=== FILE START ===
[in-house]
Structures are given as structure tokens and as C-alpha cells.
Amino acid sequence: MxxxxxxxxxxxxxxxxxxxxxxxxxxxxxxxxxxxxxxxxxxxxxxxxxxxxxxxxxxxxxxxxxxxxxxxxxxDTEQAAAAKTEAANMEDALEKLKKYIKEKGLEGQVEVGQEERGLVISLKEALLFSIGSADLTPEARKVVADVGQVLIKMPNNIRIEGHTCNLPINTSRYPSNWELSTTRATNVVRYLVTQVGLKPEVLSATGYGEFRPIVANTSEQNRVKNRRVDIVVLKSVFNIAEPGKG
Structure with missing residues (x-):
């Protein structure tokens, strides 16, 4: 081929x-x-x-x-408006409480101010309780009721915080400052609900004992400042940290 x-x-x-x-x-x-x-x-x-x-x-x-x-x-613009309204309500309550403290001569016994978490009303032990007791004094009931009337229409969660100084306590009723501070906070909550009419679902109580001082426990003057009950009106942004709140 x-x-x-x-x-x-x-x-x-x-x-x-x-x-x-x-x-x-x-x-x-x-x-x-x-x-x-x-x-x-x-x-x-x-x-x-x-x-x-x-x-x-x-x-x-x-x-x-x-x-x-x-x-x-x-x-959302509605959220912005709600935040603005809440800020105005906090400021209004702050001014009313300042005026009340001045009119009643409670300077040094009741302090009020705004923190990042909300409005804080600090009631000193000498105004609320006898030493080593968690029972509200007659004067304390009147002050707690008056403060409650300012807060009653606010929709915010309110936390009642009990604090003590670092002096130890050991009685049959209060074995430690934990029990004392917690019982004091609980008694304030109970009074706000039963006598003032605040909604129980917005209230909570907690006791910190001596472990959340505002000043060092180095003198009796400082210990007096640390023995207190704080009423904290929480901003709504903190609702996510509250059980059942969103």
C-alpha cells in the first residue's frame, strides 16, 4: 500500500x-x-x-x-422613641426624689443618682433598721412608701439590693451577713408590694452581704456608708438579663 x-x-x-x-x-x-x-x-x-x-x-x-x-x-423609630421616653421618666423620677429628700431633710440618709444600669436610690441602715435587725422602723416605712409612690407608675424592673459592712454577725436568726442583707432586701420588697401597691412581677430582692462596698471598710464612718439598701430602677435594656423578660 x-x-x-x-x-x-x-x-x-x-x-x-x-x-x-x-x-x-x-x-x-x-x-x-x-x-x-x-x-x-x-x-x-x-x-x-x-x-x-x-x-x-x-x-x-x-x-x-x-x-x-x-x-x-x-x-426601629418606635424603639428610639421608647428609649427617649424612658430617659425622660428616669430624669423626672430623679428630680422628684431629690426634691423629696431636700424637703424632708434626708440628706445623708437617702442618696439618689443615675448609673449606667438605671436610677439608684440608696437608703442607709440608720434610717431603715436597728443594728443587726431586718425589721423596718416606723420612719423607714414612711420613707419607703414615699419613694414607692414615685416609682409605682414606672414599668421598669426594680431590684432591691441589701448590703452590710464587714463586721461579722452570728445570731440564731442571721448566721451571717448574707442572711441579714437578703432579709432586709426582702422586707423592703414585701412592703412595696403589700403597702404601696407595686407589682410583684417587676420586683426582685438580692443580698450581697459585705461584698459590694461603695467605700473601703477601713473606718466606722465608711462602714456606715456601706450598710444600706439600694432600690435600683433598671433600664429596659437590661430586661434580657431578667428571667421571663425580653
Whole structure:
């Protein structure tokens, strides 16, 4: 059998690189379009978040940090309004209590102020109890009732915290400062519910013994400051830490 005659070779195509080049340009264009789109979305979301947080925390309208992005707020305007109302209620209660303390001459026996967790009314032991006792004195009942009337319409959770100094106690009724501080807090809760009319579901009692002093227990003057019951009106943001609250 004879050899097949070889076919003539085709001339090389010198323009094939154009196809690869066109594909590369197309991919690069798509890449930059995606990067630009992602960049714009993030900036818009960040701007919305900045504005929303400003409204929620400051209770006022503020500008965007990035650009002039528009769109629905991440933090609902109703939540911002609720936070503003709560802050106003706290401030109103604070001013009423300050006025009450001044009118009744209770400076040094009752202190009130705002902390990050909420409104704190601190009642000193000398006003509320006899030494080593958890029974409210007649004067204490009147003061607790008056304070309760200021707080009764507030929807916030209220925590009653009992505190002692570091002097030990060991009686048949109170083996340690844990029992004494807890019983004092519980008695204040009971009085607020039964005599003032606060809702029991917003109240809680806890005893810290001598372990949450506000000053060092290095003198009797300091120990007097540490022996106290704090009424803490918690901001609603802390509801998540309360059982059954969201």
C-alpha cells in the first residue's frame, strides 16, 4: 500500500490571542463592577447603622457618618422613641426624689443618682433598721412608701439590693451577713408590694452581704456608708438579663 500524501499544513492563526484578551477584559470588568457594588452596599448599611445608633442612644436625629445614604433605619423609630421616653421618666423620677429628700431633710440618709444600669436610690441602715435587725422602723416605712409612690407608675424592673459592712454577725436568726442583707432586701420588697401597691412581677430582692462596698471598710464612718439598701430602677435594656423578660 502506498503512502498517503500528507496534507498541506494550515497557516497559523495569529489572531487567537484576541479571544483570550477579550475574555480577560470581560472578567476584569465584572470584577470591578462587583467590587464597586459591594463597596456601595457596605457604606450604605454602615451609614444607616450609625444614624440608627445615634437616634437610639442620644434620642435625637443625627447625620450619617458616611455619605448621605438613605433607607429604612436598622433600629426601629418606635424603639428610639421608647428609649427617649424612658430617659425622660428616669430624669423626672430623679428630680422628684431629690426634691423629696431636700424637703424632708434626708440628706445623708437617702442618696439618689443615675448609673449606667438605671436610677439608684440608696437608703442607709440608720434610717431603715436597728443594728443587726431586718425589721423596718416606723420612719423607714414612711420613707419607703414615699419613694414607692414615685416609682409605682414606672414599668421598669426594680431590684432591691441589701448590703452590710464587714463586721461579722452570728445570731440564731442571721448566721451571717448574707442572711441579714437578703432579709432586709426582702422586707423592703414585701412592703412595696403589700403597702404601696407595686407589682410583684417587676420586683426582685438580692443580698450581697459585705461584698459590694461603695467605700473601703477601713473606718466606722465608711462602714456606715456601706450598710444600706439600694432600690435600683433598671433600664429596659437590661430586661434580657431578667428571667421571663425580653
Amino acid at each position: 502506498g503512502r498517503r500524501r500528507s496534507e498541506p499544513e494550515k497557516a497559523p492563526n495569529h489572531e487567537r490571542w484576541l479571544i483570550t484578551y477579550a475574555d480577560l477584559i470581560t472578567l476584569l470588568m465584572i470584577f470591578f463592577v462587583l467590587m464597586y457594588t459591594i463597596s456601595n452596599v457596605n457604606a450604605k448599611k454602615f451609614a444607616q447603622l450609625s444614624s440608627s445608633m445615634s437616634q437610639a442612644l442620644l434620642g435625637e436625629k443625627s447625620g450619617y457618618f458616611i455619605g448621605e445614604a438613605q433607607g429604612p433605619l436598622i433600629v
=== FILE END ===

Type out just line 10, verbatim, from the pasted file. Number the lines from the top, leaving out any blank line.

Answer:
Amino acid at each position: 502506498g503512502r498517503r500524501r500528507s496534507e498541506p499544513e494550515k497557516a497559523p492563526n495569529h489572531e487567537r490571542w484576541l479571544i483570550t484578551y477579550a475574555d480577560l477584559i470581560t472578567l476584569l470588568m465584572i470584577f470591578f463592577v462587583l467590587m464597586y457594588t459591594i463597596s456601595n452596599v457596605n457604606a450604605k448599611k454602615f451609614a444607616q447603622l450609625s444614624s440608627s445608633m445615634s437616634q437610639a442612644l442620644l434620642g435625637e436625629k443625627s447625620g450619617y457618618f458616611i455619605g448621605e445614604a438613605q433607607g429604612p433605619l436598622i433600629v